Katharine Gahagan from Bayville is one of the chosen few fashion students at Pratt Institute lucky enough to show her design talent in an exhibition taking place this week. The exhibition, “Organic Matter: Woven Artwear by Pratt Fashion,” is dedicated to the unexpected possibilities of knitwear design by Pratt students at Ralph Pucci International’s Gallery Nine in Manhattan.
Fashion students at Pratt Institute were challenged to re-think the form, function, and design of knitwear as fine art for this innovative exhibition, which is free and open to the public.“My class was sitting and watching him; I actually saw Ralph Pucci stop and look at my piece and take a picture. It was very exciting,” says Gahagan, who is starting the spring semester of her sophomore year at Pratt.
If Brian Kilmeade could be cloned and sent to all the high schools in this country, our love of America would grow by leaps and bounds; and students would get in line to take history classes. Speaking on Sunday, Jan. 19 at the Seawanhaka Yacht Club, Kilmeade shared tales of George Washington and his Long Island Spy Ring from his book George Washington’s Secret Six. Kilmeade's telling held the excitement of a Super Bowl finish—with Robert Townsend crossing the 30-yard line and heading for the end zone. (Kilmeade's first two books were sports oriented.)
The author is co-host of Fox News Channel’s Fox and Friends and also hosts Kilmeade and Friends on Fox News Radio. This, his third book, hit number three on the NY Times Bestseller list and is Penguin’s leading book for the year.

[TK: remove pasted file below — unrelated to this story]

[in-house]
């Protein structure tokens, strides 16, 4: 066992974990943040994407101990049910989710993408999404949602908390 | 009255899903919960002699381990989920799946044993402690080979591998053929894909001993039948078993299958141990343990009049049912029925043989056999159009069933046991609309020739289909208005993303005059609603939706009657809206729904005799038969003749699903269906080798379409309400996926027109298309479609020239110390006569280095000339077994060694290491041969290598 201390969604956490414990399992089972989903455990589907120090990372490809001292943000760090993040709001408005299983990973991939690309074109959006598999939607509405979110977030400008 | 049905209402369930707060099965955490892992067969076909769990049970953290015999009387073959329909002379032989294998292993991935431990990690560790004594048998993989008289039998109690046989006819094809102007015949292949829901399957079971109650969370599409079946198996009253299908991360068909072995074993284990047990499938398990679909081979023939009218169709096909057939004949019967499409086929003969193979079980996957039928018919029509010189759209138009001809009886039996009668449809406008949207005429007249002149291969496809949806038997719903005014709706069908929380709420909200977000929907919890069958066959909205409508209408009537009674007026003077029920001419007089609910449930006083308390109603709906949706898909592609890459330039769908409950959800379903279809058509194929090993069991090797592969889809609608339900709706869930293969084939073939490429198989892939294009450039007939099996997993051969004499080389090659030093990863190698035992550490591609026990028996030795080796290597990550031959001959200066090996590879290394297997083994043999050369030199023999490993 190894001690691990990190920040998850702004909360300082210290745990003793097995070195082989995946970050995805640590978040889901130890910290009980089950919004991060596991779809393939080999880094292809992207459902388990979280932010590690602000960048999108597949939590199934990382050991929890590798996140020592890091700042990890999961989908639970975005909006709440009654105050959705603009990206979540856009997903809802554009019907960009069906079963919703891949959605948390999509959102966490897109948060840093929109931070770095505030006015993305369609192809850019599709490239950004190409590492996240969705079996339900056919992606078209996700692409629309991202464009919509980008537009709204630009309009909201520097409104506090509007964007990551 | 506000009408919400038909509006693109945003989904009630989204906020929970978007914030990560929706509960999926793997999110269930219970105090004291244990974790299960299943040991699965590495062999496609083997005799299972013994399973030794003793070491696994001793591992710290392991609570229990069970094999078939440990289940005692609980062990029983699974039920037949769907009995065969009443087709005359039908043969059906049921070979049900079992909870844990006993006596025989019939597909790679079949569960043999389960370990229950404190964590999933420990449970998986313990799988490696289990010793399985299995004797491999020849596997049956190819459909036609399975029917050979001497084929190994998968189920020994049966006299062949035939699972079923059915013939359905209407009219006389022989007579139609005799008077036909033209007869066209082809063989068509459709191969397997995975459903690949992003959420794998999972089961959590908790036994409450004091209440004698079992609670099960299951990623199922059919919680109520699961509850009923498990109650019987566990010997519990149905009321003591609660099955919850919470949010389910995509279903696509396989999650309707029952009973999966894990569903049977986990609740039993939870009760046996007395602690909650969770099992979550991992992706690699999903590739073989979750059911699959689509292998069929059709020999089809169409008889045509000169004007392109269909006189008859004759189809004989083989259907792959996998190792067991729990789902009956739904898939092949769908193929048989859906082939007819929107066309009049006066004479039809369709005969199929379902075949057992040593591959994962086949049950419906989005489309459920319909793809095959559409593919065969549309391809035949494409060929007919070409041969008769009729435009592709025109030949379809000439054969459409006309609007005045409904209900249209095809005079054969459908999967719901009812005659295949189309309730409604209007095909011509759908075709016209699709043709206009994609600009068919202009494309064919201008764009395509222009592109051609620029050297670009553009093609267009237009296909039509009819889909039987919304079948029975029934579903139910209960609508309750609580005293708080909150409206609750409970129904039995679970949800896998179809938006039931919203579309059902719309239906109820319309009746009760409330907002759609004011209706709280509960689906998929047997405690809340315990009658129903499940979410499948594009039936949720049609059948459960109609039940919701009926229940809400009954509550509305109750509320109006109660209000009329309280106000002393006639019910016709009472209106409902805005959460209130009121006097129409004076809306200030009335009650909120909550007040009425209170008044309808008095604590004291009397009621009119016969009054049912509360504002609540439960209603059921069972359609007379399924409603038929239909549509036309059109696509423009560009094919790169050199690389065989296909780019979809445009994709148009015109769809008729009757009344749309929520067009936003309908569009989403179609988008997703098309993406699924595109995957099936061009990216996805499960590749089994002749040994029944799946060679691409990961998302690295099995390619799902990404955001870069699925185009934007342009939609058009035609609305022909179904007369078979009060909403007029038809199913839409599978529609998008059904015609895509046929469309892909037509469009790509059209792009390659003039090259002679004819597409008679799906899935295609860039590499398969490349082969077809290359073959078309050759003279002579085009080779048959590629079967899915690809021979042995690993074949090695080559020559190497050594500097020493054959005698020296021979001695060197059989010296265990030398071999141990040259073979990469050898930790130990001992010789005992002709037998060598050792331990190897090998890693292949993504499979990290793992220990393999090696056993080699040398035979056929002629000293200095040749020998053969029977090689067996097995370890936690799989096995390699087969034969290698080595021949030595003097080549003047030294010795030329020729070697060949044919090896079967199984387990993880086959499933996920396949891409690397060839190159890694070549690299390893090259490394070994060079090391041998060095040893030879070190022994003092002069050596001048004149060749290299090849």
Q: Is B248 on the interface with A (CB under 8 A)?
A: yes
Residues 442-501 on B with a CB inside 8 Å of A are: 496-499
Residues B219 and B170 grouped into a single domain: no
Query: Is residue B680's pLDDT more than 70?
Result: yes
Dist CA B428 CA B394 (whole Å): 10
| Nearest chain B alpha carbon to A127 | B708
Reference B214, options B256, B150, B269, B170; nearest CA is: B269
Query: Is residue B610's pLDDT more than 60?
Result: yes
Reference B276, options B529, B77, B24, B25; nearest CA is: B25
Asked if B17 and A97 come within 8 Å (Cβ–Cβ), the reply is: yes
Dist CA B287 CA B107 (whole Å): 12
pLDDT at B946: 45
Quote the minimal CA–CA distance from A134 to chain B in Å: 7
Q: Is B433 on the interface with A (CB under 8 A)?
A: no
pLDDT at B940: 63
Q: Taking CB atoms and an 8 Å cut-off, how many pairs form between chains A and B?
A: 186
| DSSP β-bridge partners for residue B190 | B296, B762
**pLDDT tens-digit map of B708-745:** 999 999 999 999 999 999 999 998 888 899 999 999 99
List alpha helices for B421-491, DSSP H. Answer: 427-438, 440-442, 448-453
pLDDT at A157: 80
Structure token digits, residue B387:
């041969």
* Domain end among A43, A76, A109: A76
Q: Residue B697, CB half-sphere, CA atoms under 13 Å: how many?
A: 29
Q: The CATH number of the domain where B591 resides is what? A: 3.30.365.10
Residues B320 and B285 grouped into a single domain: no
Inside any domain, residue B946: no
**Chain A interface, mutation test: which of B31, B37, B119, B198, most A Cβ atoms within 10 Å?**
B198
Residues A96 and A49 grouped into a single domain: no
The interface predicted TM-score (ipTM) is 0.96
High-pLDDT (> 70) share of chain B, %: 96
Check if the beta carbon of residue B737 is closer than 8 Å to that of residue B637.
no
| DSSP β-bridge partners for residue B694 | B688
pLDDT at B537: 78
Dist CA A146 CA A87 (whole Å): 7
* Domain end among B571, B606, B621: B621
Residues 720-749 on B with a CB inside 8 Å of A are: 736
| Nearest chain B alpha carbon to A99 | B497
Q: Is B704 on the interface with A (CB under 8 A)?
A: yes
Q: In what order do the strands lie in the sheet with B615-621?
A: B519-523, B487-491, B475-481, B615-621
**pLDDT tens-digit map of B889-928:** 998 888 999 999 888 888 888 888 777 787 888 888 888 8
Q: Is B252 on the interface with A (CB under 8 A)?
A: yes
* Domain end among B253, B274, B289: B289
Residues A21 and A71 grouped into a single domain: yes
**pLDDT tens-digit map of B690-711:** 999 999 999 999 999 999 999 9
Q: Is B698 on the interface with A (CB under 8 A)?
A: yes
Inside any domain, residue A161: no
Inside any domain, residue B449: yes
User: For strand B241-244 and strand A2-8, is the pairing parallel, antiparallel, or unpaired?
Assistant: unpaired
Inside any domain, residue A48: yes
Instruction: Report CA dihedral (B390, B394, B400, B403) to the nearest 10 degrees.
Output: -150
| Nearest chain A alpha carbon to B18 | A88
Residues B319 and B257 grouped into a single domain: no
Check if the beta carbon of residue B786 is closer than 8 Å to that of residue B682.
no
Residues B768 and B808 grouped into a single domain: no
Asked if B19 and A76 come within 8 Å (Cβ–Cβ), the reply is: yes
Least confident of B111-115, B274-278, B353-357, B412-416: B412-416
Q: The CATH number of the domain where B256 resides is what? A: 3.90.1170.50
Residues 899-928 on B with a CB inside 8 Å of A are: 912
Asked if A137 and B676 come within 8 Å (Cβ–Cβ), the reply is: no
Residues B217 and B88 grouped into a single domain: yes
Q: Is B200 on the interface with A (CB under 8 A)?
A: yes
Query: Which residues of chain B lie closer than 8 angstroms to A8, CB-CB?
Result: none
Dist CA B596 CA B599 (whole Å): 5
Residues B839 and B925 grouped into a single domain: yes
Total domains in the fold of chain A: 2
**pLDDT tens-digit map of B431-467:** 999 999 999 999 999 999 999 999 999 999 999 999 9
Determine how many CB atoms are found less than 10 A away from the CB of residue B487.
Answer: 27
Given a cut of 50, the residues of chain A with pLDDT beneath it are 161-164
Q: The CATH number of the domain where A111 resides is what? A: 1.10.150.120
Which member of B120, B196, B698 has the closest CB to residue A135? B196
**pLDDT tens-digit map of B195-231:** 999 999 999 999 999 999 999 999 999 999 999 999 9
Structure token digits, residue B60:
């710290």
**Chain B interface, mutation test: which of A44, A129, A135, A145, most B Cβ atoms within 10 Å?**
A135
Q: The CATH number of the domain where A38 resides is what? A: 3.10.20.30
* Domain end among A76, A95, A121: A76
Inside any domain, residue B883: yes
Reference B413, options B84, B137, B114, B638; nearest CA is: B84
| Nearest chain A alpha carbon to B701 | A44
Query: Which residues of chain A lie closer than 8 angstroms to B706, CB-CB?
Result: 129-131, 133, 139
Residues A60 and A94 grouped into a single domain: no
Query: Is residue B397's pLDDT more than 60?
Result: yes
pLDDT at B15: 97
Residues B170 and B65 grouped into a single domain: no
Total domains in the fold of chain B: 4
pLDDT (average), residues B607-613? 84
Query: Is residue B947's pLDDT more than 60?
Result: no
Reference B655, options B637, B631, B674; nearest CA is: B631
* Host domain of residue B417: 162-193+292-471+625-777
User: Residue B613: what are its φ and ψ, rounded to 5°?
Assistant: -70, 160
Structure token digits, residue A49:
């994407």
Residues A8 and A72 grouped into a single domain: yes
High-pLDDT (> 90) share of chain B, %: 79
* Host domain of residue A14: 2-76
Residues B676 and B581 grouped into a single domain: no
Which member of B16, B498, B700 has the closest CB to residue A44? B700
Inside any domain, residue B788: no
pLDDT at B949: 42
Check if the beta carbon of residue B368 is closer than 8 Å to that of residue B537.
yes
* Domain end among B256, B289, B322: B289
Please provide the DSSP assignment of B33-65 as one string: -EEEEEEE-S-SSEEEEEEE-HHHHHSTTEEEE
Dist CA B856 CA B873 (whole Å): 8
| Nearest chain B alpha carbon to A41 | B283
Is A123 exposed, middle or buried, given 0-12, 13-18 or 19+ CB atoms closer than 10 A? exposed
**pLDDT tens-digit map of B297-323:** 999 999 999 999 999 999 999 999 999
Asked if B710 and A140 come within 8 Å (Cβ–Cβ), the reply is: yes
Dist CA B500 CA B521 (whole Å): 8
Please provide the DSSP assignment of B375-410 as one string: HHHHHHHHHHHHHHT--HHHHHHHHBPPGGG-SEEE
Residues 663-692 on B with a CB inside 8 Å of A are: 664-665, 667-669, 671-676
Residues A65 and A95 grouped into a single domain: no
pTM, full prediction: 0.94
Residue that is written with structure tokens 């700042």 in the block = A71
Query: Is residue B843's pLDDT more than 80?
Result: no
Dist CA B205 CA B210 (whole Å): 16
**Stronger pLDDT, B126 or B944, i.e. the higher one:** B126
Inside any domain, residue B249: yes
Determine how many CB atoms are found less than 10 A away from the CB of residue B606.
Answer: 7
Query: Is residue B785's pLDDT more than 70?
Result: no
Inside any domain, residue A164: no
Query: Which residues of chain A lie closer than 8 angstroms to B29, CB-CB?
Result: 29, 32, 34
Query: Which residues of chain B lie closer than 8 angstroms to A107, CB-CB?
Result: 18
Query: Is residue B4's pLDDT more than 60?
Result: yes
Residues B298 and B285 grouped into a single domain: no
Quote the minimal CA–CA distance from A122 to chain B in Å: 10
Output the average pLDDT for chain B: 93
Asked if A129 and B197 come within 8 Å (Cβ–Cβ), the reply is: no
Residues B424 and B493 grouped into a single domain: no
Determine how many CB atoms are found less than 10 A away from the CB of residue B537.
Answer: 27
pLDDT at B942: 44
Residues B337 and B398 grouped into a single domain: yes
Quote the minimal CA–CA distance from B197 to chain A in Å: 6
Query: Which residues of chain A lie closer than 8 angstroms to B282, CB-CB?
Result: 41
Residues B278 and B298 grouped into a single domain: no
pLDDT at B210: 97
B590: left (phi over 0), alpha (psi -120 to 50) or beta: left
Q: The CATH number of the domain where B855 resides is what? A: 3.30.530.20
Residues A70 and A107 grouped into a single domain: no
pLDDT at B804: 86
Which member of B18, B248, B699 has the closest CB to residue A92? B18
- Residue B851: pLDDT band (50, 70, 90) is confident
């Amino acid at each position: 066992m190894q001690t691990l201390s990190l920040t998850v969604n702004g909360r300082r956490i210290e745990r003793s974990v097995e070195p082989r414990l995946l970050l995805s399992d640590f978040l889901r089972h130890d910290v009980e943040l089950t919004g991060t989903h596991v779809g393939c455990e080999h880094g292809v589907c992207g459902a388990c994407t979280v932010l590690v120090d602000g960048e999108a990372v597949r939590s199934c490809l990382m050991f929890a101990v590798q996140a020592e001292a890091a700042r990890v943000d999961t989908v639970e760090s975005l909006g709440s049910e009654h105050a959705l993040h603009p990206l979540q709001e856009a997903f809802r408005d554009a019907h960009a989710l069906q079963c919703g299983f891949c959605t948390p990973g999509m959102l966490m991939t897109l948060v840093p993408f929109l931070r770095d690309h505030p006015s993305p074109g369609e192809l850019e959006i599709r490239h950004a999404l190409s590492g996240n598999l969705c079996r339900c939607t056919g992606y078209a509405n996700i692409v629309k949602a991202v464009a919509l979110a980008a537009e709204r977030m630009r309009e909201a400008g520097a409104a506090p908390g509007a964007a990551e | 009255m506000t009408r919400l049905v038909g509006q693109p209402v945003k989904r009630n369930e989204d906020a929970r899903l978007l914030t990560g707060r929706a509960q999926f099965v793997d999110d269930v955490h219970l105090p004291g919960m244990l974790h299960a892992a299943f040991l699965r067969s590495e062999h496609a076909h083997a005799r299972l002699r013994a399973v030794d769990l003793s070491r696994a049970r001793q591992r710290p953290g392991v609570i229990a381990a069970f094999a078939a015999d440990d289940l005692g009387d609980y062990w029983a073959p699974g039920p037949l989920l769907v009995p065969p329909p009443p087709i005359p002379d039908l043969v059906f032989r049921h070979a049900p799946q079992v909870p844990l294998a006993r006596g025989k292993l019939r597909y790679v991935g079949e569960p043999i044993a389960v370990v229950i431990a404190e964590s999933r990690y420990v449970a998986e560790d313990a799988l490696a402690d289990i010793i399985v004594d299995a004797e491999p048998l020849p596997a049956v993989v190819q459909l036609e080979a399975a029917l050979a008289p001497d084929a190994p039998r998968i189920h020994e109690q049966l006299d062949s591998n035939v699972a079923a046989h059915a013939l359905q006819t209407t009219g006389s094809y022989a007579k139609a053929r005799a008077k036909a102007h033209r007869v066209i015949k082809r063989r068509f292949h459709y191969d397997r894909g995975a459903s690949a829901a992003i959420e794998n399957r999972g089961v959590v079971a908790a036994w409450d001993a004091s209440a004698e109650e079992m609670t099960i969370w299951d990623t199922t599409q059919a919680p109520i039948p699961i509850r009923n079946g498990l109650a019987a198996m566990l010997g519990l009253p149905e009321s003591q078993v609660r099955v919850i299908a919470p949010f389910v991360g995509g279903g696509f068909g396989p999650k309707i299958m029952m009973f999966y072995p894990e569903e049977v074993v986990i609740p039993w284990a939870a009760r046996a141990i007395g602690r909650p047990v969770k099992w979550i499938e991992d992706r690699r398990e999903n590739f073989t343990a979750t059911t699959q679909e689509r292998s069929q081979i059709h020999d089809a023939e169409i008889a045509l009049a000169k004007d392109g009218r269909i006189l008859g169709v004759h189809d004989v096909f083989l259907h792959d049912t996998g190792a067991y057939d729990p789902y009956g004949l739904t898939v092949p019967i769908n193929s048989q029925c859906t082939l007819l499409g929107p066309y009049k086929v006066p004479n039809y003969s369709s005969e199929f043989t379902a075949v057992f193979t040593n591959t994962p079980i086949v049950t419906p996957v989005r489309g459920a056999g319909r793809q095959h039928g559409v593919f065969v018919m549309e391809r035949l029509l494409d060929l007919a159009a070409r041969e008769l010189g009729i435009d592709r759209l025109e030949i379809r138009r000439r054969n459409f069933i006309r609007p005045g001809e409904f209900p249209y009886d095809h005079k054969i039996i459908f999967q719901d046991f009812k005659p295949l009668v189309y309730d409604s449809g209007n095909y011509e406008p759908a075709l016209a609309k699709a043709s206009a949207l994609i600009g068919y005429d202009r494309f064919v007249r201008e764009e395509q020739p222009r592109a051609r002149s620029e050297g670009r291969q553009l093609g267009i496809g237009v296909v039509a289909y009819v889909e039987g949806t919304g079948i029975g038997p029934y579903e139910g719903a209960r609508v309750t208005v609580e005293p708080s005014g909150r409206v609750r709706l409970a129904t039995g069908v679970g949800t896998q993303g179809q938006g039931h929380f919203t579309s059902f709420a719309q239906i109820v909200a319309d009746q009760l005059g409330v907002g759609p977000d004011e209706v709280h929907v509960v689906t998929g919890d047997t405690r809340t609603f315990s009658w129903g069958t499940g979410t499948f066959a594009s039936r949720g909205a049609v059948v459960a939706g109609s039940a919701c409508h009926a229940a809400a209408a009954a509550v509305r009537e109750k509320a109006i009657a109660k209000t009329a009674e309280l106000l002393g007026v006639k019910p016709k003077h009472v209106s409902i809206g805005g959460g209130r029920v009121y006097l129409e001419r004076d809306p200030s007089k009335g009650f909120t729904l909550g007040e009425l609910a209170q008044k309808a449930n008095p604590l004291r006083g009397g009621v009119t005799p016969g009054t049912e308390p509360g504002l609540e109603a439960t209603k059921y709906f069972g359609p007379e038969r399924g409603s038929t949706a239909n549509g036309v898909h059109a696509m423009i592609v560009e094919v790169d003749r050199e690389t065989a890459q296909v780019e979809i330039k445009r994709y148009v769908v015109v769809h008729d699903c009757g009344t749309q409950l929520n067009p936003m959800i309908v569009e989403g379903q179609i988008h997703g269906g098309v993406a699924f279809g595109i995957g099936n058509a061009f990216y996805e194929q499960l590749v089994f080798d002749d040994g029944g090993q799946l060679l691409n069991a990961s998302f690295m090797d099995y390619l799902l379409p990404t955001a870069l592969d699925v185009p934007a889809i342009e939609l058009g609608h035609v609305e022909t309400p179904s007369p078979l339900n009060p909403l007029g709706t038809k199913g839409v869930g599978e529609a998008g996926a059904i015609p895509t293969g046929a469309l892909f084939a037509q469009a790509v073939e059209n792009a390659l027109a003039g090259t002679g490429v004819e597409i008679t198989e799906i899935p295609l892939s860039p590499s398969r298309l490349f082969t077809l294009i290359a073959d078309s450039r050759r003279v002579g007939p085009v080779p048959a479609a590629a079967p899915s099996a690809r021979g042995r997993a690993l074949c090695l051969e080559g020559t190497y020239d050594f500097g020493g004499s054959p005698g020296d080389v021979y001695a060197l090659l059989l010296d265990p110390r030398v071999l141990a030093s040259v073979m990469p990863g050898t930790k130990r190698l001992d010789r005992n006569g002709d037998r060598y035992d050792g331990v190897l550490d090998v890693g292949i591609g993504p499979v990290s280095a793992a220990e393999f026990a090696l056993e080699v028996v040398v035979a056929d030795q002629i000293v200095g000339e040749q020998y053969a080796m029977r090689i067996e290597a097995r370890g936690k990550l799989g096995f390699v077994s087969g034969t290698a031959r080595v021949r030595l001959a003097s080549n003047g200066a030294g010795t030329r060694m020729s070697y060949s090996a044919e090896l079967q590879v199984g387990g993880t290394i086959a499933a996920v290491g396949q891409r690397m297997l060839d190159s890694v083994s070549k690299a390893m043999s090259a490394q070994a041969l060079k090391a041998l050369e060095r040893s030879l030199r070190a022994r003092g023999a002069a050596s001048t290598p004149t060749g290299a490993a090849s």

History is made to be told, and black history in Oyster Bay had its turn as a panel of guests with ties to the Civil War spoke at the Koenig Center. The evening began with a commemoration at Pine Hollow Cemetery and continued with a pop-up Civil War exhibit and panel discussion.
Panel members included Elizabeth Roosevelt, whose grandfather, James Roosevelt, helped found the first black regiment in New York; Frank Carl of Maryland, a descendant of Civil War veteran David Carll; Brian Rapalyea, a descendant of Civil War veteran Simon Rapalyea; Ludger K. Ballon, USCT re-enactor; and Judith Burgess, Ph.D., who is researching black residents of Long Island who served in the United States Colored Troop and had connections with Oyster Bay. Elliot “Butch” Garrison, chair of the Oyster Bay Historical Society (OBHS) Athletic Hall of Fame Committee, rounded out the group.
Finding the necessary resources to help your kid succeed can be difficult, especially when that child has special needs.
Nancy Waring Weiss, MS CCC/SLP of Social Fitness Services in Oyster Bay, will join more than 50 elite special needs industry leaders to provide, under one roof, vital tools, information and advice for Long Island families who have children with autism, other developmental disabilities and/or learning disabilities at Long Island’s first ever free IBO/Mosaic Interactive Special Needs Resource Fair on Saturday, Feb. 1. Sharing her expertise in assessment and treatment of children and adults with social communication challenges as well as speech and language disorders, Weiss will be readily available throughout the event, taking place from 10 a.m. to 4 p.m. at The Mosaic School for Autism, located at 1309 Wantagh Avenue in Wantagh, to offer guidance for special needs families in attendance while addressing their concerns and questions.